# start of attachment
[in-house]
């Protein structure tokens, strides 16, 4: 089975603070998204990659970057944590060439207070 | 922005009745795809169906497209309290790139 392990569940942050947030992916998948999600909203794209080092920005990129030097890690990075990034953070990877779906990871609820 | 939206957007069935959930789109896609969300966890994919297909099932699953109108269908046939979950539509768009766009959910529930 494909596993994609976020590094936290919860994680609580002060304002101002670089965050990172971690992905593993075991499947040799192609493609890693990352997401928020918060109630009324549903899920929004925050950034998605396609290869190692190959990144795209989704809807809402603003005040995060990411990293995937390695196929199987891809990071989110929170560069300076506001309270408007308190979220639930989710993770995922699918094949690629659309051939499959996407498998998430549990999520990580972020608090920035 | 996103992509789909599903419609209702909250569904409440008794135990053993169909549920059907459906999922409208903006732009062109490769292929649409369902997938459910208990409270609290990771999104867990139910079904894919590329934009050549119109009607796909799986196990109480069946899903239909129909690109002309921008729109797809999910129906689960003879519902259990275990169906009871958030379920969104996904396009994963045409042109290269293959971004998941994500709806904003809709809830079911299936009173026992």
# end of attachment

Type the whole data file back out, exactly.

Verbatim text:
[in-house]
């Protein structure tokens, strides 16, 4: 089975603070998204990659970057944590060439207070 | 922005009745795809169906497209309290790139 392990569940942050947030992916998948999600909203794209080092920005990129030097890690990075990034953070990877779906990871609820 | 939206957007069935959930789109896609969300966890994919297909099932699953109108269908046939979950539509768009766009959910529930 494909596993994609976020590094936290919860994680609580002060304002101002670089965050990172971690992905593993075991499947040799192609493609890693990352997401928020918060109630009324549903899920929004925050950034998605396609290869190692190959990144795209989704809807809402603003005040995060990411990293995937390695196929199987891809990071989110929170560069300076506001309270408007308190979220639930989710993770995922699918094949690629659309051939499959996407498998998430549990999520990580972020608090920035 | 996103992509789909599903419609209702909250569904409440008794135990053993169909549920059907459906999922409208903006732009062109490769292929649409369902997938459910208990409270609290990771999104867990139910079904894919590329934009050549119109009607796909799986196990109480069946899903239909129909690109002309921008729109797809999910129906689960003879519902259990275990169906009871958030379920969104996904396009994963045409042109290269293959971004998941994500709806904003809709809830079911299936009173026992």